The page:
The Silver Locket by Margaret James

Young, rich, and pretty Rose Courteney lives with her stifling family in rural England. When it becomes clear that her path is to marry to please her parents, she takes her fate into her own hands. Just 18, she lies about her age to volunteer as a military nurse in London at the outset of World War I. Gaining experience and skill, she is thrilled to be sent to France to work in field hospitals. Despite this, she is never quite able to fully escape her family politics or their cloying expectations.

Alex Denham has been interested in Rose for a long time, they’ve known each other forever, but the circumstances surrounding his birth (he’s a bastard who was accepted and loved by his mother’s cuckolded husband) render him socially unacceptable. Part of the regular army, at the outset of the war he is shipped to France to slog through years of battle, wounds, recovery, and returning to the front.

The Silver Locket was a change of romance pace for me. Rose and Alex’s coming together took a long time and they spent months at a time apart as they each play their rolls in the war. The novel is more her story than his and details of the circumstances in which the nurses worked were really interesting to me and an area of war history about which I was happy to learn. James also realistically portrays the overall vulnerability and the limitations placed on women at the time – even those serving their country. Further, it’s harrowing watching the timeline crawl along as the four years of the war slowly pass, or realising with horror that the new battlefront means that a bloodbath is coming.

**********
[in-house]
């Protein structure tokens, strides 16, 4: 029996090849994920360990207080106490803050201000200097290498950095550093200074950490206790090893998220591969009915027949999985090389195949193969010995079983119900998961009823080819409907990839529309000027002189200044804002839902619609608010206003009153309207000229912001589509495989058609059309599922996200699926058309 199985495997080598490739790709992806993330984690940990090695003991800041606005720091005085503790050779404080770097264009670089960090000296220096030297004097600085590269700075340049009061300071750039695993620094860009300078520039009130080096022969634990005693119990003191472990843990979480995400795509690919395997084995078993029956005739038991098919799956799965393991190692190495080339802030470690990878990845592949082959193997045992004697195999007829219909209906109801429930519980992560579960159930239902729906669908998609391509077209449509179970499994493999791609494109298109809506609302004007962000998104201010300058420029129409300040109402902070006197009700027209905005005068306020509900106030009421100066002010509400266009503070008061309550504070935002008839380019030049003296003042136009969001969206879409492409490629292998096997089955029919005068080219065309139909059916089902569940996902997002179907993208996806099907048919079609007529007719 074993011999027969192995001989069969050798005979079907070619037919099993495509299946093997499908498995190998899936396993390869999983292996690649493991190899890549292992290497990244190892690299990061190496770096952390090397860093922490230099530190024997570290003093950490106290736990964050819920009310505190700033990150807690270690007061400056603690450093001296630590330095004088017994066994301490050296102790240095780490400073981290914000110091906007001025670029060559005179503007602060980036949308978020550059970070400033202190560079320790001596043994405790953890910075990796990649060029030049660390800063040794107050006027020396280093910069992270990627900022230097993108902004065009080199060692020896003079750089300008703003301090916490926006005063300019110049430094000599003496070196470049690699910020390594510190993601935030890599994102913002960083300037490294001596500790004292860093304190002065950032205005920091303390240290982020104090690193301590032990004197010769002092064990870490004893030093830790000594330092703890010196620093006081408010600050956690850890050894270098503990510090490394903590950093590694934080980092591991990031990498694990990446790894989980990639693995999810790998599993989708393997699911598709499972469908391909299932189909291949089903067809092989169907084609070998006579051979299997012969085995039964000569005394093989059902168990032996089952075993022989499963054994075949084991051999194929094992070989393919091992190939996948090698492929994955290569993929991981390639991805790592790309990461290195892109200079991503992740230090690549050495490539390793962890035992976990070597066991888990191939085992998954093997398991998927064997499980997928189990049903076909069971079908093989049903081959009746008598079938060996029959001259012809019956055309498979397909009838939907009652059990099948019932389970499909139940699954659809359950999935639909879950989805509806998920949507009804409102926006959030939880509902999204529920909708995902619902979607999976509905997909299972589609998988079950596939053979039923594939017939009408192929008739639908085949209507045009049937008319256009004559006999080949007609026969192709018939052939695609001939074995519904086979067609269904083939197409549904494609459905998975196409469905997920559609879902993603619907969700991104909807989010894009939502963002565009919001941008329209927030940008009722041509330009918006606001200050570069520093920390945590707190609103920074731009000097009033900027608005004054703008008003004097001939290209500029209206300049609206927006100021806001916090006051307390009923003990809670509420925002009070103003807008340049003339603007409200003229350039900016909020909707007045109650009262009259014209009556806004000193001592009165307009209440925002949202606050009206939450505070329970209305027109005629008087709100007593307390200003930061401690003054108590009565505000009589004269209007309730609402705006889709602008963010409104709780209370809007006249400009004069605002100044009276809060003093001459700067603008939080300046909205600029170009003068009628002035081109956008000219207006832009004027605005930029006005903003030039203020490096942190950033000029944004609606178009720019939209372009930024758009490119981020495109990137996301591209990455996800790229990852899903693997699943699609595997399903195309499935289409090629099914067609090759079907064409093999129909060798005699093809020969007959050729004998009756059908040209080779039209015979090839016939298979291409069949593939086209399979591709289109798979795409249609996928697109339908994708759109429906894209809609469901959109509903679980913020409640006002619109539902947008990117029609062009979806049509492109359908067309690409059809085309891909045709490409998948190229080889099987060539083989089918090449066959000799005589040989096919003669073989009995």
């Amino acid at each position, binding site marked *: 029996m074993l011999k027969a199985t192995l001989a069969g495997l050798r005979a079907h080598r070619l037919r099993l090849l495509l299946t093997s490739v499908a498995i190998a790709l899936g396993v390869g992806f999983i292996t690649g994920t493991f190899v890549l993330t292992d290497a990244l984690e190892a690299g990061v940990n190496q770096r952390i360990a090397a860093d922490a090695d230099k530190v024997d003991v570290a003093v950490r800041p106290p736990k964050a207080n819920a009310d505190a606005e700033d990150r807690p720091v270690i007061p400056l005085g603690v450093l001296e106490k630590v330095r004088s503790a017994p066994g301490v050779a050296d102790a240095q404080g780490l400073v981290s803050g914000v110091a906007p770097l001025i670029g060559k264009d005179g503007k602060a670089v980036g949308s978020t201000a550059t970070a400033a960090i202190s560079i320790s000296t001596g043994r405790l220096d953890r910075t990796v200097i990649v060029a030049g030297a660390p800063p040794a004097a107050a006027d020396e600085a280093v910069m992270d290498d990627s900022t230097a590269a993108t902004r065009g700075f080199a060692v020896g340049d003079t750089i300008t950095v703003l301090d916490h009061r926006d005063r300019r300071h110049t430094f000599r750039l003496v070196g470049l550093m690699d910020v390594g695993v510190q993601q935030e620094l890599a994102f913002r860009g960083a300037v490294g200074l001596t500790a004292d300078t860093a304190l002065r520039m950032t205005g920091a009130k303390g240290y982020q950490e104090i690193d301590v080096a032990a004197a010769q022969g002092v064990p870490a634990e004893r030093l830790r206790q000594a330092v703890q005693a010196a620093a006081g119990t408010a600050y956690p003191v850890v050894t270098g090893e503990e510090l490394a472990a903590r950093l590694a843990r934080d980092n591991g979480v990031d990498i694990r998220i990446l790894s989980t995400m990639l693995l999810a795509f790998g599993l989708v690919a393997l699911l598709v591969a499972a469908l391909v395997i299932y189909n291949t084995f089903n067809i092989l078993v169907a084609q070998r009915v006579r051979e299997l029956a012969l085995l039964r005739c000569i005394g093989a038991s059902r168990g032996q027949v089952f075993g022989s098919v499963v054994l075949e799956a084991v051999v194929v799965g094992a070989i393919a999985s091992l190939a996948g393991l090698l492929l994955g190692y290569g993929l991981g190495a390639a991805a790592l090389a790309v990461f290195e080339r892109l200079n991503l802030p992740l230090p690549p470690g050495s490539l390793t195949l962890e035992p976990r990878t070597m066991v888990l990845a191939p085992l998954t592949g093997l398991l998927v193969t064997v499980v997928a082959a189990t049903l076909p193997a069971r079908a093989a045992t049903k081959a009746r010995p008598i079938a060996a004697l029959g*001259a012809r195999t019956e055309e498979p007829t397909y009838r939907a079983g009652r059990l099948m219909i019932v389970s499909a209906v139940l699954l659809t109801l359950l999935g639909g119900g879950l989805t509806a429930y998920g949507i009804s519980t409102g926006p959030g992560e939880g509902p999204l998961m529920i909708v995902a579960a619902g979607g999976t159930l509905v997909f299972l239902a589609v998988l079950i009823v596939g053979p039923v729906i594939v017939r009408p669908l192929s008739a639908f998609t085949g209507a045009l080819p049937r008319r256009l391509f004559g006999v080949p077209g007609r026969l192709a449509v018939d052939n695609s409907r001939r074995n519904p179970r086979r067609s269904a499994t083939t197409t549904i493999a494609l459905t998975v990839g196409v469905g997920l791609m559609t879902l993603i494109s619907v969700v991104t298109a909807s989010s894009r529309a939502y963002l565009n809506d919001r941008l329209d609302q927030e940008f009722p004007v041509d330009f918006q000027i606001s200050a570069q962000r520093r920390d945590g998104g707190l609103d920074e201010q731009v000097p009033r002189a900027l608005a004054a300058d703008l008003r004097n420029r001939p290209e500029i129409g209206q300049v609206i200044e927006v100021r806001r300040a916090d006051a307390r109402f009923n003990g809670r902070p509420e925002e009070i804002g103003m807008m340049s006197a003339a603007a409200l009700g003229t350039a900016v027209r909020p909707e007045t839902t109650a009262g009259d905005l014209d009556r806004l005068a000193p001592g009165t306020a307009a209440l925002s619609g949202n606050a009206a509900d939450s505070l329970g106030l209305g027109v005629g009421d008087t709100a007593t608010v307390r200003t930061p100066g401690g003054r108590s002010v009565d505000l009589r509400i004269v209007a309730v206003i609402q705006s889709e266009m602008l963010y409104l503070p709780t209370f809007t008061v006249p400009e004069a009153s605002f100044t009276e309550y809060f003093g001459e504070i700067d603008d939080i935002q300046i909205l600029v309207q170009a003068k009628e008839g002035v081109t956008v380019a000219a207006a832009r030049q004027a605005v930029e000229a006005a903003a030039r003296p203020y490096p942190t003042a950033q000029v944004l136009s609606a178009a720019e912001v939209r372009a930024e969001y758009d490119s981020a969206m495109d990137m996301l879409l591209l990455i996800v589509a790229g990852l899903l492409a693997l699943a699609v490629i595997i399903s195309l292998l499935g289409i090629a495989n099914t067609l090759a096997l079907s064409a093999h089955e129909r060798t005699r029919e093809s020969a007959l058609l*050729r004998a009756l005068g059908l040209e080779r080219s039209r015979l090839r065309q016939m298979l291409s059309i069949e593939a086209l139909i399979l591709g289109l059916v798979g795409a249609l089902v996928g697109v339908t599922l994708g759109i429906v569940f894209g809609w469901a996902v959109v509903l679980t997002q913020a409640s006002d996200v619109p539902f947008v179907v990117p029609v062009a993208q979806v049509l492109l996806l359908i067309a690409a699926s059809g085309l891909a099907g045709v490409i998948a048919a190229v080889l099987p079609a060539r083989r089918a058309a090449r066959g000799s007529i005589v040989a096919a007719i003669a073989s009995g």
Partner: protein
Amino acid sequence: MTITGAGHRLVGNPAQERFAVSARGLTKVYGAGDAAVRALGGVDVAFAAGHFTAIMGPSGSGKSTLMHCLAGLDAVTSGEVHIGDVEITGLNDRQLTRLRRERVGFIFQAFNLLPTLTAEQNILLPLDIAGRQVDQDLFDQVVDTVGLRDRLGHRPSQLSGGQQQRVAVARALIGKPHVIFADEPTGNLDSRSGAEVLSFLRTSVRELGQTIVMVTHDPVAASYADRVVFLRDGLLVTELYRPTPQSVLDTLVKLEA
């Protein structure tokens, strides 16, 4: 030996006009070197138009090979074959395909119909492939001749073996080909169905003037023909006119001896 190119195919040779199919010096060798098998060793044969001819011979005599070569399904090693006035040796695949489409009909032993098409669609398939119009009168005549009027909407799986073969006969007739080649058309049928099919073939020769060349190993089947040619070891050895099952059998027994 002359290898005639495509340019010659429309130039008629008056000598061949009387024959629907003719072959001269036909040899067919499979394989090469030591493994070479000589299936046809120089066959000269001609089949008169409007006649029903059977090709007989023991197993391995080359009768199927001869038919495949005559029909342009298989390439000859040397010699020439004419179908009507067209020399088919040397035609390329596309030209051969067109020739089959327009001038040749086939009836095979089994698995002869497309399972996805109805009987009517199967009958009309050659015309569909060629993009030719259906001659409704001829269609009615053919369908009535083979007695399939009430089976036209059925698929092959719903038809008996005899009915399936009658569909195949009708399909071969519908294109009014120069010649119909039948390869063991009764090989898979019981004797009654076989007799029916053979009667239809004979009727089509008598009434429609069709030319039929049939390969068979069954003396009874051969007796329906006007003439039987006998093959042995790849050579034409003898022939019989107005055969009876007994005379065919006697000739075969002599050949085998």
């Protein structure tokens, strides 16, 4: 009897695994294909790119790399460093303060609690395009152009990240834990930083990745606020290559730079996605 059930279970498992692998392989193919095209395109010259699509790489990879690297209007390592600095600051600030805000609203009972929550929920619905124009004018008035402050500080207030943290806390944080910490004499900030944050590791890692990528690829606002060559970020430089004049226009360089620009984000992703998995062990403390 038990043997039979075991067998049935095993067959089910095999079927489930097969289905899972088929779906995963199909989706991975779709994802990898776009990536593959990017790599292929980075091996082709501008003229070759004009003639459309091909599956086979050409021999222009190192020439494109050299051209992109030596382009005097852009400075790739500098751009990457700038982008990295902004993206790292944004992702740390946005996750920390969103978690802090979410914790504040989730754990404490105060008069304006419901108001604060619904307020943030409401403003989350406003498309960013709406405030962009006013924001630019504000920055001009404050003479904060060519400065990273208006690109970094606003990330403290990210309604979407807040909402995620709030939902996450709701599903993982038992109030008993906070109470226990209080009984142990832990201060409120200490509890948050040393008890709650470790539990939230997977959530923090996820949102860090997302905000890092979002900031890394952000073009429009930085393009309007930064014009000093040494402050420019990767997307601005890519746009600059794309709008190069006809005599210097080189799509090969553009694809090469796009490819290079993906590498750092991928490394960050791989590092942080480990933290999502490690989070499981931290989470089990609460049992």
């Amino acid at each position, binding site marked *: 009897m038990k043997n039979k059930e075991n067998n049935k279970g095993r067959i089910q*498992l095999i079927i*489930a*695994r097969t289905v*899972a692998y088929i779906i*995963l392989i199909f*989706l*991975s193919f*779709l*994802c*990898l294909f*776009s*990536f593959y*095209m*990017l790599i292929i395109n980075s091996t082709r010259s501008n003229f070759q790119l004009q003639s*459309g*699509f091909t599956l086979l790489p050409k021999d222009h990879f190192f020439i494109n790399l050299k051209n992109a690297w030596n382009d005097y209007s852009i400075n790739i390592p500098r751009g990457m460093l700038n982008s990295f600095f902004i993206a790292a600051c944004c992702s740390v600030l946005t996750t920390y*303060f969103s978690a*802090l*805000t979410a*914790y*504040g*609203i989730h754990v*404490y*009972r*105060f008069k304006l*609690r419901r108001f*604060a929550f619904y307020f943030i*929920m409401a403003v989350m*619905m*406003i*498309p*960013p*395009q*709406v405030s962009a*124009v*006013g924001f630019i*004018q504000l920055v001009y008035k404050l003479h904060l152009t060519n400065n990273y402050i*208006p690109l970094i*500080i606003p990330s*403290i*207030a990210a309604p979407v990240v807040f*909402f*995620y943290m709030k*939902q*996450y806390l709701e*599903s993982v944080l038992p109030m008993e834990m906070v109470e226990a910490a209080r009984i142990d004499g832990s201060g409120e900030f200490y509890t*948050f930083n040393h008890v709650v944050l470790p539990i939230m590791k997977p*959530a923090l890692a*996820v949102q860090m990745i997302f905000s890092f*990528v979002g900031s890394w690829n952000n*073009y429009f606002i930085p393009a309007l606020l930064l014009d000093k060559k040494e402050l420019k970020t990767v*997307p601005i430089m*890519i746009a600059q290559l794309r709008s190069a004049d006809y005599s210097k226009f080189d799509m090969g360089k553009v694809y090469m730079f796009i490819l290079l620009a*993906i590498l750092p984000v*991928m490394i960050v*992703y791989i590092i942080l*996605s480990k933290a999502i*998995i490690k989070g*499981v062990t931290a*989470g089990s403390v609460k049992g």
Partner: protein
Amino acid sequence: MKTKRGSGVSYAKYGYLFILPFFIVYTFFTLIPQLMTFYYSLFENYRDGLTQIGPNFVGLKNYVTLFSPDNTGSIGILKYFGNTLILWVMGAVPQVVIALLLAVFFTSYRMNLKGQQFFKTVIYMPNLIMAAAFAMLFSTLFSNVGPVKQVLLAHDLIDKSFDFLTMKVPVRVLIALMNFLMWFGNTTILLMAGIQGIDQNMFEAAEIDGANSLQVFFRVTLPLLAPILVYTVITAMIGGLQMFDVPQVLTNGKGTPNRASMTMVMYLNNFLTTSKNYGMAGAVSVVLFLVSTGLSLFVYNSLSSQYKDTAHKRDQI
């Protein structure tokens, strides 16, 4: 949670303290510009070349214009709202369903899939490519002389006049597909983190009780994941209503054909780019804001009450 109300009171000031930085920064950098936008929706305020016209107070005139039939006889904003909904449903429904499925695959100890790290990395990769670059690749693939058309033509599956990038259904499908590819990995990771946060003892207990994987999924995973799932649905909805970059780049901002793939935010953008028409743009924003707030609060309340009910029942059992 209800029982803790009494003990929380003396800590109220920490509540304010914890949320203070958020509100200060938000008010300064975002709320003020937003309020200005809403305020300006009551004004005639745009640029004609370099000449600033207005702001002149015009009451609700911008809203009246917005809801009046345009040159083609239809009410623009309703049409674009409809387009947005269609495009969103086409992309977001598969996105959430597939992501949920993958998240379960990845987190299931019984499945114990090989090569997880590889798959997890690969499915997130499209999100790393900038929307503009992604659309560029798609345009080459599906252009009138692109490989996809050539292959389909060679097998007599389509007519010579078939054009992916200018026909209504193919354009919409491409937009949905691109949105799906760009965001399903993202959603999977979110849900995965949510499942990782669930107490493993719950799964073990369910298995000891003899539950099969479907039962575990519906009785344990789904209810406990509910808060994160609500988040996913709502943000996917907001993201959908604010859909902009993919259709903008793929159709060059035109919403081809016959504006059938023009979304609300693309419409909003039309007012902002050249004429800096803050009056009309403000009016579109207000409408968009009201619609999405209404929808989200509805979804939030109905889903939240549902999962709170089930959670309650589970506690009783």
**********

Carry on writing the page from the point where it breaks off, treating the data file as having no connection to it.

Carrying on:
Neither Rose, nor Alex come through the war unscathed and it strips everything away from them but their essentials. The societal judgments and accusation, especially from those on the home-front, seem foolish and provincial considering what they have endured. The Silver Locket was only the first in the Charton Minster series which has five books about successive generations. I don’t plan on reading more from the series, as I like a little more romance in my genre fiction, but as a historical novel with a romance it may appeal to you.

Links to my other reviews can be found on my complete reading list of books sorted by author or Author Commentary & The Tallies Shameful.

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